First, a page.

Ideal summer sipping requires something refreshing, and there’s nothing more thirst quenching than rosé. Because it’s a style of wine that is made with red grapes, there’s a lovely structure that provides a backbone to even the lightest rosés, and those light, salmon-pink wines often have an aromatic subtlety and citrusy minerality that we find just so, well, refreshing.
At a dinner that is part of my dear friend Marika Vida-Arnold’s Phenomenal Femmes series at the Ritz-Carlton Central Park, I tasted a slew of great wines from one of my favorite Champagne houses Ruinart, presented by their lovely chef de caves Amélie Chattin. An absolute favorite was the 2002 Dom Ruinart Rosé, for its rich, exotic profile. So I thought I’d write about it in this week’s column for Departures.com.
In my most recent piece for The SOMM Journal, I explore the variety of Provence’s favorite drink with Château Minuty’s owner and winemaker François Matton at Le Cirque. Keep reading for the full story, and tasting notes excerpted below.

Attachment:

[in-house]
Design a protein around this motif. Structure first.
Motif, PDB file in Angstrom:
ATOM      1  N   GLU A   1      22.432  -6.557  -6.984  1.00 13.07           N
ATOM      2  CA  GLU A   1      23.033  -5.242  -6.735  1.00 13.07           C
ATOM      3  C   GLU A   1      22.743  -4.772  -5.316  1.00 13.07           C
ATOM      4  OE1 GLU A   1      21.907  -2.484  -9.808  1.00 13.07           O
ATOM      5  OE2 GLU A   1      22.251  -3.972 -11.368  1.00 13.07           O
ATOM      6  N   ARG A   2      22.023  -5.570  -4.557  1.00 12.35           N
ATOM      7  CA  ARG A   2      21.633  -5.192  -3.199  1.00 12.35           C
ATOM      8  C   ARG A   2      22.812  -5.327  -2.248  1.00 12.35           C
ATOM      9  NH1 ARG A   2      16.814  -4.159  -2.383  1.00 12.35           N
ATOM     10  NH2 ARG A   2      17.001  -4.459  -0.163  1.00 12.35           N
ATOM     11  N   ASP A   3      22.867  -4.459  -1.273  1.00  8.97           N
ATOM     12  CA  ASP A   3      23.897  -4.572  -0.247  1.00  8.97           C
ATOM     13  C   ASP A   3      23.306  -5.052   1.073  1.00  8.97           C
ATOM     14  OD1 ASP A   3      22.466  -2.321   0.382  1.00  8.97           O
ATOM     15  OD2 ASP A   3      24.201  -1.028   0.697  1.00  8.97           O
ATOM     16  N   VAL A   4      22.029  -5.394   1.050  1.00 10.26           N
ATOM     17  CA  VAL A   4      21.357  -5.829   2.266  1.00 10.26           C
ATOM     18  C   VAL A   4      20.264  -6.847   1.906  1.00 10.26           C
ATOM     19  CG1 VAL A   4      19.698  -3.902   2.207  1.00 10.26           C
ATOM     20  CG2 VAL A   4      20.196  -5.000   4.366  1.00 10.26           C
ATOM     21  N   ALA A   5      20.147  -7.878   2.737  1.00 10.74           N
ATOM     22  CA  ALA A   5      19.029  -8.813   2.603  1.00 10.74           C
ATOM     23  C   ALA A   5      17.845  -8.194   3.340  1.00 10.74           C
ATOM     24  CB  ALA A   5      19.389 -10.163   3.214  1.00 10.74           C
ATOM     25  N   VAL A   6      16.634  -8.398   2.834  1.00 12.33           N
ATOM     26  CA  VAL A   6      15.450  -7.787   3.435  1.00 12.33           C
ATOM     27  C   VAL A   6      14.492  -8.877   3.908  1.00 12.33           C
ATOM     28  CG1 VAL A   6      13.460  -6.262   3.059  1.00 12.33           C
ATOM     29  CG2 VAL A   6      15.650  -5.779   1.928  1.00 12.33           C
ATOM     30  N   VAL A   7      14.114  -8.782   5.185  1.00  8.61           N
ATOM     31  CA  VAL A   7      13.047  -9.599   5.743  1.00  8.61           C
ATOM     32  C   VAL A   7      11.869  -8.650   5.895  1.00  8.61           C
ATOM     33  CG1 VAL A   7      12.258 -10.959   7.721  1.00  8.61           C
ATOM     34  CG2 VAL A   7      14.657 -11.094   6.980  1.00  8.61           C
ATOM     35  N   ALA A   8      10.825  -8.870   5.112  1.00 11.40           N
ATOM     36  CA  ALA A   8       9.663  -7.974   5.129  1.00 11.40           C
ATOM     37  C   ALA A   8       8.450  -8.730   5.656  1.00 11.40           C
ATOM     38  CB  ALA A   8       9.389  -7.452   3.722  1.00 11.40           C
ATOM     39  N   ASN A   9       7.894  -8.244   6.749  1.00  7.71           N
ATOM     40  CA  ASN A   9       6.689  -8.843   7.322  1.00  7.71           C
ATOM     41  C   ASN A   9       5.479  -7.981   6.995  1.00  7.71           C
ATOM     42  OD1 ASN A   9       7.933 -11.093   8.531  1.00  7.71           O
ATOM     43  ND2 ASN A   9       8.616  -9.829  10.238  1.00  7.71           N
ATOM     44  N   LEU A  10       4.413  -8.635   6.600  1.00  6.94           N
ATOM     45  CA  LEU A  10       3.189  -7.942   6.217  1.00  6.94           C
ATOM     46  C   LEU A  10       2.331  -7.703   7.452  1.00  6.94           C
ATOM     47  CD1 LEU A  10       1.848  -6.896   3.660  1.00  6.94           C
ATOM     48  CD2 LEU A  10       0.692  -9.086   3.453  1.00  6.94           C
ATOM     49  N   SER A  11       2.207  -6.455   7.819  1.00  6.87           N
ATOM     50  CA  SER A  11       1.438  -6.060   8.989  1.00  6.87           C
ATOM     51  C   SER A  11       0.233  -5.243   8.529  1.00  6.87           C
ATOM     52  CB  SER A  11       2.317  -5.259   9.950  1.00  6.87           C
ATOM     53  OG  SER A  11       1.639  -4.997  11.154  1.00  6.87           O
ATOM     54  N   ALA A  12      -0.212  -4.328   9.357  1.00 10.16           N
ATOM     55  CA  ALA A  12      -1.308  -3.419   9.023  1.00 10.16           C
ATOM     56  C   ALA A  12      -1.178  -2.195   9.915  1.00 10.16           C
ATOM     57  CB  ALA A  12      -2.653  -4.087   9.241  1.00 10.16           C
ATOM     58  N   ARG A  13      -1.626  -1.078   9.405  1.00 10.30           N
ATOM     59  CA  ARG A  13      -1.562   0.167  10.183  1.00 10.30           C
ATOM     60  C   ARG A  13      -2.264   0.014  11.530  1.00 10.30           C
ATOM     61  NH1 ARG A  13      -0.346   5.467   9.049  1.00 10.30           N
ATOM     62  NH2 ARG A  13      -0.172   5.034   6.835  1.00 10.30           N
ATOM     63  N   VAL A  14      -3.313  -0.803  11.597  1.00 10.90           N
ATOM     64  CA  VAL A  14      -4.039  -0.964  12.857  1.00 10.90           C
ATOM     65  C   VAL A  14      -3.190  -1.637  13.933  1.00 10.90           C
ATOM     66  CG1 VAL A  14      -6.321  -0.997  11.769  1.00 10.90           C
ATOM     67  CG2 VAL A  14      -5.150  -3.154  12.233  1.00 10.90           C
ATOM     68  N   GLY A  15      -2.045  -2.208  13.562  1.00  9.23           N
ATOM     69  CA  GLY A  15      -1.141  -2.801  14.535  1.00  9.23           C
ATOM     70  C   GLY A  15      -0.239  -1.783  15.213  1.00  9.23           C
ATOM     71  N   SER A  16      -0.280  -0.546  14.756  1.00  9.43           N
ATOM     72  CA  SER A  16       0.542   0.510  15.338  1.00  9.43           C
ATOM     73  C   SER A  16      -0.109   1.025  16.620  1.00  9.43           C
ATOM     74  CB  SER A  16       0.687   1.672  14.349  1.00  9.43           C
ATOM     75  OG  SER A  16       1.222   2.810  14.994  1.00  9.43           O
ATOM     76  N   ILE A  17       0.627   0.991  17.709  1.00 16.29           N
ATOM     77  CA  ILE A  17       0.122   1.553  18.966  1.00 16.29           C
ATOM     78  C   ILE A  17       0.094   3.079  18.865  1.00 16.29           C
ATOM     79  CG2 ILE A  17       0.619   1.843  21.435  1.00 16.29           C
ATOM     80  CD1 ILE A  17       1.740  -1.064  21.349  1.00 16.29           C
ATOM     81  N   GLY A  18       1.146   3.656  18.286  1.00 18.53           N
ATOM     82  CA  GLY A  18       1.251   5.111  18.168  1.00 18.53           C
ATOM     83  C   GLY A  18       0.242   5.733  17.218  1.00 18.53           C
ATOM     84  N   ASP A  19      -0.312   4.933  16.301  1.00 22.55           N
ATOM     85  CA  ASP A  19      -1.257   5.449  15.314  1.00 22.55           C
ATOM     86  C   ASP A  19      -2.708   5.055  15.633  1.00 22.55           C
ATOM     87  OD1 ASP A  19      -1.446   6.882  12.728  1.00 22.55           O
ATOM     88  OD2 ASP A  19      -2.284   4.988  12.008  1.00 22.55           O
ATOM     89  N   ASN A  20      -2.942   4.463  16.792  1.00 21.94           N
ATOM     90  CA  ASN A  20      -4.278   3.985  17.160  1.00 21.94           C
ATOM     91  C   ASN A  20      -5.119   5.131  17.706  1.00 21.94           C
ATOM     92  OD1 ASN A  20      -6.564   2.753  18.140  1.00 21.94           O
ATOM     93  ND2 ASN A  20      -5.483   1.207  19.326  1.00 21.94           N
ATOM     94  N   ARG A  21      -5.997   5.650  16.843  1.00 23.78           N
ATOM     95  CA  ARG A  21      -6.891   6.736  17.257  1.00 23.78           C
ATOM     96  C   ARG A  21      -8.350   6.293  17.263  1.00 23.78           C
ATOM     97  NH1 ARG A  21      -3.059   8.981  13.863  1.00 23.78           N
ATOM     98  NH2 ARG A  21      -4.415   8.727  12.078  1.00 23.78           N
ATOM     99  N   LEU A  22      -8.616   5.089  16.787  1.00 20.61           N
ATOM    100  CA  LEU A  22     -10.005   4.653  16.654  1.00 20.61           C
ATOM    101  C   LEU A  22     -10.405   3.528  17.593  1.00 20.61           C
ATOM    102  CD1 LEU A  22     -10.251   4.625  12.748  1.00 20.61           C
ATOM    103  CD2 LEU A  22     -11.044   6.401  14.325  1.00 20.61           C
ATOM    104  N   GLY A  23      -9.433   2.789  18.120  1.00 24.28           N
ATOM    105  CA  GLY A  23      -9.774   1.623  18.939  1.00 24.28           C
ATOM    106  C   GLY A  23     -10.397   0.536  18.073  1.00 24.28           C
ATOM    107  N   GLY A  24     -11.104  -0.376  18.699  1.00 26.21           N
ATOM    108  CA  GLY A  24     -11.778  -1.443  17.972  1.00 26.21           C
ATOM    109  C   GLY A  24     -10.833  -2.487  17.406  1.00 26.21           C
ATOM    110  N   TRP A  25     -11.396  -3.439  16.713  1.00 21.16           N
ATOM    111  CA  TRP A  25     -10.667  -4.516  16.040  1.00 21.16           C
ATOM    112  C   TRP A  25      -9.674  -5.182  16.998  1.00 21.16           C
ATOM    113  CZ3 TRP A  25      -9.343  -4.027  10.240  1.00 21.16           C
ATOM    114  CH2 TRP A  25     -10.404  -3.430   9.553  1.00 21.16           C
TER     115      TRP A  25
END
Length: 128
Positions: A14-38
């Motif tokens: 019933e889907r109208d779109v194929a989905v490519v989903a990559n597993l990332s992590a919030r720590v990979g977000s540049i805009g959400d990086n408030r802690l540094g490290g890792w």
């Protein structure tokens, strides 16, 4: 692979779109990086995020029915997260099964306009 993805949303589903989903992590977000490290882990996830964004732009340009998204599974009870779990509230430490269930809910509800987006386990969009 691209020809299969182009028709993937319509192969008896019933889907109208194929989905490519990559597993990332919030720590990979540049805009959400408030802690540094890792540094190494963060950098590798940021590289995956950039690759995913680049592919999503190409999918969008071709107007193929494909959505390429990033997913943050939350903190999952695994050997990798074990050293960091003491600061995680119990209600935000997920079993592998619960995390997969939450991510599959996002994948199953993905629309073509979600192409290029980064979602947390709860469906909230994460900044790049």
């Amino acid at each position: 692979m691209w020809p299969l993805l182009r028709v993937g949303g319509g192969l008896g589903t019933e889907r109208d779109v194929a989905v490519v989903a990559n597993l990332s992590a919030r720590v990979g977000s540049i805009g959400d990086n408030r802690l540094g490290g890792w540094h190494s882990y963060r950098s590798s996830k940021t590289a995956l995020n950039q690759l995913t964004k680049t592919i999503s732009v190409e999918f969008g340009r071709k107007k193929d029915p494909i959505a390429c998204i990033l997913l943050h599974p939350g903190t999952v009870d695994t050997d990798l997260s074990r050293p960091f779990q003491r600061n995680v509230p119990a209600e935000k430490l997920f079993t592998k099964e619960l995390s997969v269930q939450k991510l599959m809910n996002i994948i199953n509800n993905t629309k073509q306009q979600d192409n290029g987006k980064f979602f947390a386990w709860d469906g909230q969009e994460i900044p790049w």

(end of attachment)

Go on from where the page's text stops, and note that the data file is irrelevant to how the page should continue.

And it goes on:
It was a gorgeous day in early summer when I visited the small wine producer Chêne Bleu, based on the edge of the southern Rhône and the Côteaux de Provence in the south of France. Getting to the winery at La Verrière, located atop a mountain amongst the trees of the Dentelles de Montmirail, is easier said than done: Our GPS couldn’t find the address, so we had to do it the old-fashioned way, winding along narrow roads above the town of Crestet, eyes open for small signs and roadside markers, praying we were going in the right direction as we passed by forests and hiking trails until we finally came upon the beautifully restored ninth-century estate, high above the Rhône river valley. Continue reading →
I had the good fortune of meeting and having lunch with Nicole Rolet of Chêne Bleu (“Blue Oak” in French) on her recent trip to New York. I didn’t know much about the wines before we met, but I was immediately taken away by her story. She and her husband had renovated La Verrière, a Medieval property in Provence, high in the mountains above the Gigondas region in the Southern Rhône.